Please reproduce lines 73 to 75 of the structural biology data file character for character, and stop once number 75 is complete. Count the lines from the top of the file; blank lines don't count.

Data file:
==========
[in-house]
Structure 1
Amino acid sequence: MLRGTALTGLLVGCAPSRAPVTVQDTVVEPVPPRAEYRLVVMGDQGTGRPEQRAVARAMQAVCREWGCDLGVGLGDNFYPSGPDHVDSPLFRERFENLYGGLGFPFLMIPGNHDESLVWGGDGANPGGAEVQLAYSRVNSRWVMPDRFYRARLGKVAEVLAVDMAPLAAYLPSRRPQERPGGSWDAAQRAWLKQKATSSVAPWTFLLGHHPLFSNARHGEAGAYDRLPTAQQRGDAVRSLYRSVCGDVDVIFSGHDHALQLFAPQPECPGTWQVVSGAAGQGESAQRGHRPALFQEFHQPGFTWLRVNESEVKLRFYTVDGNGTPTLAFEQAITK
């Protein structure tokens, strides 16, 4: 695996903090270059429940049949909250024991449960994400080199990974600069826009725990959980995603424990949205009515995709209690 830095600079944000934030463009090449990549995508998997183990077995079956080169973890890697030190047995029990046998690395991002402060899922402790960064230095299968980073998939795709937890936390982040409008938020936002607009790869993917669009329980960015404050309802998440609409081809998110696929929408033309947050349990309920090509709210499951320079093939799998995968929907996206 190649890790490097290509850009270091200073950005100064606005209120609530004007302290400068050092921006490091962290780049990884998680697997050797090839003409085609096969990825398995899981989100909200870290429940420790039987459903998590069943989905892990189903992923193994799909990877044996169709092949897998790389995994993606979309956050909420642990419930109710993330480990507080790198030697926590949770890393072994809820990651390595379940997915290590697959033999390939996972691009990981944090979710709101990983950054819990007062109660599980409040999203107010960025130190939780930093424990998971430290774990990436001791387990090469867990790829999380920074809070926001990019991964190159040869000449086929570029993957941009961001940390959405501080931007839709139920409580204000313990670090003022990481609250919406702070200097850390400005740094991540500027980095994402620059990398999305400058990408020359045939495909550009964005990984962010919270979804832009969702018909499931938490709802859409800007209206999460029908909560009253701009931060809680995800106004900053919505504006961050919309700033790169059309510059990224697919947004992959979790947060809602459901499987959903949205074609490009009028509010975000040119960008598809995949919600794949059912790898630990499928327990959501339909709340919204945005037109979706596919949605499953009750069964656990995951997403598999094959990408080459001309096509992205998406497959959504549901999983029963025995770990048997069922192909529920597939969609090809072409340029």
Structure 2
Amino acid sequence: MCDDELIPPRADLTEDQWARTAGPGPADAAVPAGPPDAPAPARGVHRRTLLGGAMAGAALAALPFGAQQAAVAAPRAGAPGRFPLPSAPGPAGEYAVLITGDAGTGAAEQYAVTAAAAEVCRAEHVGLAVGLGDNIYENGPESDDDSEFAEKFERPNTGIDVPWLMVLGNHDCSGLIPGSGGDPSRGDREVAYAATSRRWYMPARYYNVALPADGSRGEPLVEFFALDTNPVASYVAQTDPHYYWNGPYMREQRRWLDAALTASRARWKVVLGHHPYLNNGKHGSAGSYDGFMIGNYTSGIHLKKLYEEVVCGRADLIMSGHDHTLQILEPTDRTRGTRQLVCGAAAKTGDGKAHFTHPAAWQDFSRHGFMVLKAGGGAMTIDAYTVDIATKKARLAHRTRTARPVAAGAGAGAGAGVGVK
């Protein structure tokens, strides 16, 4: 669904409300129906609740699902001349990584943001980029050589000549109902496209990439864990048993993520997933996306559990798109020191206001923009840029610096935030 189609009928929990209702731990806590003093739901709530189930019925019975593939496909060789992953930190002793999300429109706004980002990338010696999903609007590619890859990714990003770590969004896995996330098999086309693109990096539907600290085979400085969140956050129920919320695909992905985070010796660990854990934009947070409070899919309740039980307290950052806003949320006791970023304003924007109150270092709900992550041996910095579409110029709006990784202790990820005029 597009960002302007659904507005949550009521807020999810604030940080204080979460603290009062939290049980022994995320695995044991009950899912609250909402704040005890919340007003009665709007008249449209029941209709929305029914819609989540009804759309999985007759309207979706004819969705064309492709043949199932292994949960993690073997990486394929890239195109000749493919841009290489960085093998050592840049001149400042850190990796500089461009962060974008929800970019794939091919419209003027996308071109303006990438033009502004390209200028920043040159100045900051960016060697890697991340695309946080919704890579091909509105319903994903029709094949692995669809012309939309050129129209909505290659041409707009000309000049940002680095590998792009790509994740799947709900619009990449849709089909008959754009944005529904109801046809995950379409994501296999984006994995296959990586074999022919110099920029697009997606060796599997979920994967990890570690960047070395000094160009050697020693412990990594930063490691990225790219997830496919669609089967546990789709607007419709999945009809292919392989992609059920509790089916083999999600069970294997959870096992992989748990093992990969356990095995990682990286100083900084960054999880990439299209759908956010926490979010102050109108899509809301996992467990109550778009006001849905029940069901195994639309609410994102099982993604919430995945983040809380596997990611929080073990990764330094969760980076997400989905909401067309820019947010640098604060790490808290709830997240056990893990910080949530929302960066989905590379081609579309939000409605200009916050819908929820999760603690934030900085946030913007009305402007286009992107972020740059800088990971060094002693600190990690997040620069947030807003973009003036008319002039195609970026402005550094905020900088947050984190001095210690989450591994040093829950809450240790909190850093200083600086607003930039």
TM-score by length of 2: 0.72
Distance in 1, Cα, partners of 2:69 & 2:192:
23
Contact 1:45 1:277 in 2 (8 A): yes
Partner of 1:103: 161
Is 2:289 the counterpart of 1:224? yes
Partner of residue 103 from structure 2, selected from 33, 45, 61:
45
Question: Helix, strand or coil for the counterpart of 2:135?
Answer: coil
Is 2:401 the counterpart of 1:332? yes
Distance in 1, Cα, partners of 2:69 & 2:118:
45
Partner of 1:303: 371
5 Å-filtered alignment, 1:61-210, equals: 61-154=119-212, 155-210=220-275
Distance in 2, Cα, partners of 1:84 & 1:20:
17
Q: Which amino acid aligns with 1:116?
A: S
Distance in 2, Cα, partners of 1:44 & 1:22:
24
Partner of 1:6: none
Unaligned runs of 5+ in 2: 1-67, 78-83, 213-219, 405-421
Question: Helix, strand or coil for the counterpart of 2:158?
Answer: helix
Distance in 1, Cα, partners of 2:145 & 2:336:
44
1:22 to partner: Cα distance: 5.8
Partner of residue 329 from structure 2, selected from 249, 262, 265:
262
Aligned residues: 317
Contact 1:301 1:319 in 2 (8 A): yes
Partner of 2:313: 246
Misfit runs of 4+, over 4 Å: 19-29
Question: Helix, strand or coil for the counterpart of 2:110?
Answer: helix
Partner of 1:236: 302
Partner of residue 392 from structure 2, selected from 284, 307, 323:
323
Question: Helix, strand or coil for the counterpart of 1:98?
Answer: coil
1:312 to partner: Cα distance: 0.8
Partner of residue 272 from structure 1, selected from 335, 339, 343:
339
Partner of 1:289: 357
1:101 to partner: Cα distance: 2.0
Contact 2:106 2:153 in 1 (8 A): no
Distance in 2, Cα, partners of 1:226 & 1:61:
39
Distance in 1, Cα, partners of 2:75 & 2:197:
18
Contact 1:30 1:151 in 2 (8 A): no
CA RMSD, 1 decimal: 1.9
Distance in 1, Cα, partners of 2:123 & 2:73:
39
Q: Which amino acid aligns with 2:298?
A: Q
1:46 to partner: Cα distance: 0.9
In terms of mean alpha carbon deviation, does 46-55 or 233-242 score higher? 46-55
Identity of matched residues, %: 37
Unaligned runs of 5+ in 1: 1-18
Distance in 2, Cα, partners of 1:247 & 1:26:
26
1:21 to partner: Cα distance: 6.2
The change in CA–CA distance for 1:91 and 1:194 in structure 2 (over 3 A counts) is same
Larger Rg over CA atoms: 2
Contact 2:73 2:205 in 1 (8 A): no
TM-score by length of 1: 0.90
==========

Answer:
Larger Rg over CA atoms: 2
Contact 2:73 2:205 in 1 (8 A): no
TM-score by length of 1: 0.90